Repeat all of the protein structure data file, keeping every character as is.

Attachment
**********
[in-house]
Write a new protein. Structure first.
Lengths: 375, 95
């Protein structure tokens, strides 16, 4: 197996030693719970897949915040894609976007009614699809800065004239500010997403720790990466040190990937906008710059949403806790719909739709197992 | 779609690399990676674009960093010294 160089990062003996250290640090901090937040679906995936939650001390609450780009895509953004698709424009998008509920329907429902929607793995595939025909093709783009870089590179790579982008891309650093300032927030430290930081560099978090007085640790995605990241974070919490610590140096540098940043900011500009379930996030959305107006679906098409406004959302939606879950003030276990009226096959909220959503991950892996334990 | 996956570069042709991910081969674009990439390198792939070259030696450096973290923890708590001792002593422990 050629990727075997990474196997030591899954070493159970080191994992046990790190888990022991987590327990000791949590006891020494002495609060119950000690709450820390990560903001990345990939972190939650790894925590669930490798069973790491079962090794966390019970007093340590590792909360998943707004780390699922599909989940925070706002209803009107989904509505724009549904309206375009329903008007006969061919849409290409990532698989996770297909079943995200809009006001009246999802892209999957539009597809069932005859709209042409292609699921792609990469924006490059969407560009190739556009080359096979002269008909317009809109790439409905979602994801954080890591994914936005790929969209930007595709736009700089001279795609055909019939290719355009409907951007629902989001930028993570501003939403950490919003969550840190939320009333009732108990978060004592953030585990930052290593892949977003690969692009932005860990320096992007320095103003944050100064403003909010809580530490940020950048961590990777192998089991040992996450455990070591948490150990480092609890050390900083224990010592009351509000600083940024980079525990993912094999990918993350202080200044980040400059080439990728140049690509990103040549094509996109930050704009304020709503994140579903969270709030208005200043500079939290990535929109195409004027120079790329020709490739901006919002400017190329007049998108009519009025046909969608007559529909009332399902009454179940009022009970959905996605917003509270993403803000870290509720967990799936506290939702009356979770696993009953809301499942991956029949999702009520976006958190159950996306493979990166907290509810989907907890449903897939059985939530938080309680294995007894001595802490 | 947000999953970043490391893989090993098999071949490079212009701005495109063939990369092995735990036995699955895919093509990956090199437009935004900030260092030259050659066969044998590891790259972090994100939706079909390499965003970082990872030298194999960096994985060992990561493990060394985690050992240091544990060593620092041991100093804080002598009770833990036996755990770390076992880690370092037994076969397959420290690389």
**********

[in-house]
Write a new protein. Structure first.
Lengths: 375, 95
């Protein structure tokens, strides 16, 4: 197996030693719970897949915040894609976007009614699809800065004239500010997403720790990466040190990937906008710059949403806790719909739709197992 | 779609690399990676674009960093010294 160089990062003996250290640090901090937040679906995936939650001390609450780009895509953004698709424009998008509920329907429902929607793995595939025909093709783009870089590179790579982008891309650093300032927030430290930081560099978090007085640790995605990241974070919490610590140096540098940043900011500009379930996030959305107006679906098409406004959302939606879950003030276990009226096959909220959503991950892996334990 | 996956570069042709991910081969674009990439390198792939070259030696450096973290923890708590001792002593422990 050629990727075997990474196997030591899954070493159970080191994992046990790190888990022991987590327990000791949590006891020494002495609060119950000690709450820390990560903001990345990939972190939650790894925590669930490798069973790491079962090794966390019970007093340590590792909360998943707004780390699922599909989940925070706002209803009107989904509505724009549904309206375009329903008007006969061919849409290409990532698989996770297909079943995200809009006001009246999802892209999957539009597809069932005859709209042409292609699921792609990469924006490059969407560009190739556009080359096979002269008909317009809109790439409905979602994801954080890591994914936005790929969209930007595709736009700089001279795609055909019939290719355009409907951007629902989001930028993570501003939403950490919003969550840190939320009333009732108990978060004592953030585990930052290593892949977003690969692009932005860990320096992007320095103003944050100064403003909010809580530490940020950048961590990777192998089991040992996450455990070591948490150990480092609890050390900083224990010592009351509000600083940024980079525990993912094999990918993350202080200044980040400059080439990728140049690509990103040549094509996109930050704009304020709503994140579903969270709030208005200043500079939290990535929109195409004027120079790329020709490739901006919002400017190329007049998108009519009025046909969608007559529909009332399902009454179940009022009970959905996605917003509270993403803000870290509720967990799936506290939702009356979770696993009953809301499942991956029949999702009520976006958190159950996306493979990166907290509810989907907890449903897939059985939530938080309680294995007894001595802490 | 947000999953970043490391893989090993098999071949490079212009701005495109063939990369092995735990036995699955895919093509990956090199437009935004900030260092030259050659066969044998590891790259972090994100939706079909390499965003970082990872030298194999960096994985060992990561493990060394985690050992240091544990060593620092041991100093804080002598009770833990036996755990770390076992880690370092037994076969397959420290690389």